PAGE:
Saturday, July 25, 2009

Something funny happened on the way to the stag party.....

After beign called out by a drunken buffoon about my lack of writing on the blog (just kidding B, I know you weren't too drunk, ha!), I figured it was time for me to sit down again and crank one out for you guys. This particular post is a short one but I like it regardless. It's not particularly insightful on Korea or anything like that but it does highlight the fact that it's the small things that make life and that sometimes the journey can be as much fun as the actual destination. Enjoy!

So a friend of mine from the football (soccer) team I play on is getting married in late August, so that means 2 things my friends, bridal showers and dress shopping....errr, I mean one thing, stag party!! As a group, we decided to head to some place called Geoje, some small city which has to be better than Ulsan by default.

Saturday afternoon rolls around and I lazily walk to the meeting spot to cram into a 9 person van with 6 other guys from the team. Most of the people got there on Friday but the rest of us get out late in the evening on Fridays so it made more sense to leave on Saturday. So we roll out on our 4-5 hour trek somewhere around 1:00 and everything seems to be going well.

At one point we stop for at a truck stop for a bathroom break, get some snacks and stretch out. My friend Donal and I step inside and come across one of those once in a lifetime decisions, you know the ones where you make a bold move which could be seen as a heroic move or a complete utter move? Yeah, one of those moves. So there we are in the truck stop, looking at the vast cds and cassettes (yes they still sell them somewhere) where our eyes come across the only western one, and quite frankly the only one we recognized. ABBA Gold, on cassette!! Now, the decision was a tough one, as the cassette costed 5,000 won, or about 4 dollars. After looking at each other we knew there was no option, no guts no glory!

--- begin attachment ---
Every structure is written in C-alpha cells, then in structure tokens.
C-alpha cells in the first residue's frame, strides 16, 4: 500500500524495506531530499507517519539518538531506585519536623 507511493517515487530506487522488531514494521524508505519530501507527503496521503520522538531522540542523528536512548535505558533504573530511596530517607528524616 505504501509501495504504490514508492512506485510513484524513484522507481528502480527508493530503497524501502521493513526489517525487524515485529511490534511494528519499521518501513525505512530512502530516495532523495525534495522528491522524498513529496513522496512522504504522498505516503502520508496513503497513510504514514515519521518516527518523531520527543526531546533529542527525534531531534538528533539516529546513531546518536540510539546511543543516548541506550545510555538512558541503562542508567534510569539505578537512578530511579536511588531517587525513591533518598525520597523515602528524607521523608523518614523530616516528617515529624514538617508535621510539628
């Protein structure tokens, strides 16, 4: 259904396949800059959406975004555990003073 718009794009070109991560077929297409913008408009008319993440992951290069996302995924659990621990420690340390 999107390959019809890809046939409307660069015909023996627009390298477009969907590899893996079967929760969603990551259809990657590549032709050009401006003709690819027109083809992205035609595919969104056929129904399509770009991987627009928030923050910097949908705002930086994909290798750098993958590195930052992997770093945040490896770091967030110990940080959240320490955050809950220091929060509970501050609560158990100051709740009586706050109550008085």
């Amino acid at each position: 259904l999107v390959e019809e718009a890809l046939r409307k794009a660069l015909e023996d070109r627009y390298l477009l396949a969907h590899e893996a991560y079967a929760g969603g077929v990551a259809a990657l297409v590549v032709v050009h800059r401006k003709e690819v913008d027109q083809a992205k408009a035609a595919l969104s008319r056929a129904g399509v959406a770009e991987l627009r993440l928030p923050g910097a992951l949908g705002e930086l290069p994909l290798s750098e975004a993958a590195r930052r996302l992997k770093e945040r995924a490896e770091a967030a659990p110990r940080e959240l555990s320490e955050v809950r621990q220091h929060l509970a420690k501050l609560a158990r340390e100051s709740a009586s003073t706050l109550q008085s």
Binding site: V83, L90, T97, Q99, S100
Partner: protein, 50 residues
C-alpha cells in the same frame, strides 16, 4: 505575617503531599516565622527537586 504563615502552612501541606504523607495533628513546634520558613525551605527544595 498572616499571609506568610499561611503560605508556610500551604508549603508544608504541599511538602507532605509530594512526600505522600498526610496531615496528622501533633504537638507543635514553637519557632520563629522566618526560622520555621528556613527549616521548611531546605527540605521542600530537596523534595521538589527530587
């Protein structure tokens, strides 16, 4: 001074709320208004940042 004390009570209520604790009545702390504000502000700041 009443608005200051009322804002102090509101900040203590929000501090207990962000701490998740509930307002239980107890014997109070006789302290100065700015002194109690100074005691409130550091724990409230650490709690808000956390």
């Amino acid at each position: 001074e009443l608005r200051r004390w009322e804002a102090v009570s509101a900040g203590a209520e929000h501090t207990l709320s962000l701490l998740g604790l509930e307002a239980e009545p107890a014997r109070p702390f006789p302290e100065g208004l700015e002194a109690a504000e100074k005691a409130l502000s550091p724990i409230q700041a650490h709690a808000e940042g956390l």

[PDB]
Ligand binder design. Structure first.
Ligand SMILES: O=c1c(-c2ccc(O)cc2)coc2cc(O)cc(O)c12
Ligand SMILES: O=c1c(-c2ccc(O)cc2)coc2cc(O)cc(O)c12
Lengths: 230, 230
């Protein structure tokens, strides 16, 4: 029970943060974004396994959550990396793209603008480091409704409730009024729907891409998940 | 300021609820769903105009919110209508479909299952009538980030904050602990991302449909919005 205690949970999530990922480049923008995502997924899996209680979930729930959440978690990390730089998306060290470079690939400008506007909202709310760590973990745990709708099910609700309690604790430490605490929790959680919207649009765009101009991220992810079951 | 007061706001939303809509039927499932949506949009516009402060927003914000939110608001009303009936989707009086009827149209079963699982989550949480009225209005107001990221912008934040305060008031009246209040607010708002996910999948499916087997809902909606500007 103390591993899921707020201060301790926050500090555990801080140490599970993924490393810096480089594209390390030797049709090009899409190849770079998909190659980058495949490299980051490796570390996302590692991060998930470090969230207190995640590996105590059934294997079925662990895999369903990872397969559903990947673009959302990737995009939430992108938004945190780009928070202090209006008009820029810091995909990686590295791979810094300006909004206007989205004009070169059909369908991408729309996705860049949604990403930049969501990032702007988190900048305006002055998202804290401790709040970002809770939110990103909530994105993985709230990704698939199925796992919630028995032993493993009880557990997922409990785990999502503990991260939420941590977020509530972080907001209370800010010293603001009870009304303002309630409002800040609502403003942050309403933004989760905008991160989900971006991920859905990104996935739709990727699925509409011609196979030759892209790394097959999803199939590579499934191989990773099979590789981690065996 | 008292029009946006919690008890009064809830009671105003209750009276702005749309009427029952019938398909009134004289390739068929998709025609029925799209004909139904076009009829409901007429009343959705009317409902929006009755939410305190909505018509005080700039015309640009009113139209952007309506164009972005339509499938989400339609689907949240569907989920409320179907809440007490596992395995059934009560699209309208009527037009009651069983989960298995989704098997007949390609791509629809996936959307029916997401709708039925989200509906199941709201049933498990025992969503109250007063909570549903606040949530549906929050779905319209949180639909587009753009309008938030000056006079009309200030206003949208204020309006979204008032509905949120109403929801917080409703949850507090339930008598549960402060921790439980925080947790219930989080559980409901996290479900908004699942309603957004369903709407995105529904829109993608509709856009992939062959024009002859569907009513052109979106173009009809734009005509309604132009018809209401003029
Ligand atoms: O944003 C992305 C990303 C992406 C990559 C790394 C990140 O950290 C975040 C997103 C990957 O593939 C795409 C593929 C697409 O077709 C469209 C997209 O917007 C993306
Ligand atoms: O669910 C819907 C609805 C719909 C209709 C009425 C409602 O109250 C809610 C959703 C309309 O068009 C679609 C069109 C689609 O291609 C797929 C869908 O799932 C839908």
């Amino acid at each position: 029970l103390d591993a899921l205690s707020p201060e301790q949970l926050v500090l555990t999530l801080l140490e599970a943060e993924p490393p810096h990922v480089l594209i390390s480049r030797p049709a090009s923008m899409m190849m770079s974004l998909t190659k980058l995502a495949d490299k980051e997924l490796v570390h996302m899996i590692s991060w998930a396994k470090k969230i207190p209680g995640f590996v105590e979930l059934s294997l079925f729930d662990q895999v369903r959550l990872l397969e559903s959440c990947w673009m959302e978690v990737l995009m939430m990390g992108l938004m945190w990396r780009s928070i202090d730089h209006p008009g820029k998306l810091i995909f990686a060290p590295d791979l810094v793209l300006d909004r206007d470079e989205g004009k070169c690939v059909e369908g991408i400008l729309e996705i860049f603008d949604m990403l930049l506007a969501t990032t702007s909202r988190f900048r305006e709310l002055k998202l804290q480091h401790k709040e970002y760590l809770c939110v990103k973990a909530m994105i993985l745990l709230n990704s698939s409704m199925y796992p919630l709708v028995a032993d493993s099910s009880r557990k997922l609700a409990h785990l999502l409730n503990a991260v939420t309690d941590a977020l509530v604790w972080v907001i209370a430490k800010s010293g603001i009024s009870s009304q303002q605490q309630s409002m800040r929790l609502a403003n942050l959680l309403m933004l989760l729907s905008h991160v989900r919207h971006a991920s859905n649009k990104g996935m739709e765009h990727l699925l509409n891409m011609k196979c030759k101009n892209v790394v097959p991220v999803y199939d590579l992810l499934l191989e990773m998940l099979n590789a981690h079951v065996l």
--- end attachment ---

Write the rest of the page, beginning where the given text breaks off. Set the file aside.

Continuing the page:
With our split purchase in our hand, we walked back into the van with grinning and giggling like school girls. The moment JK started the van, we popped in the tape, anxiously waiting the response or boos. The first song that came on, to no surprise, was "Dancing Queen". Within seconds, all seven of us were singing along to the song, quite a feat considering that there were two koreans in the van, one who hadn't said a word in English in the 3 hours up to that point. The sound wasn't great, but oh what a sight, 7 grown men singing "Dancing Queen". We listened to the rest of the tape, but I don't think anything could've topped the initial rendition of "Dancing Queen".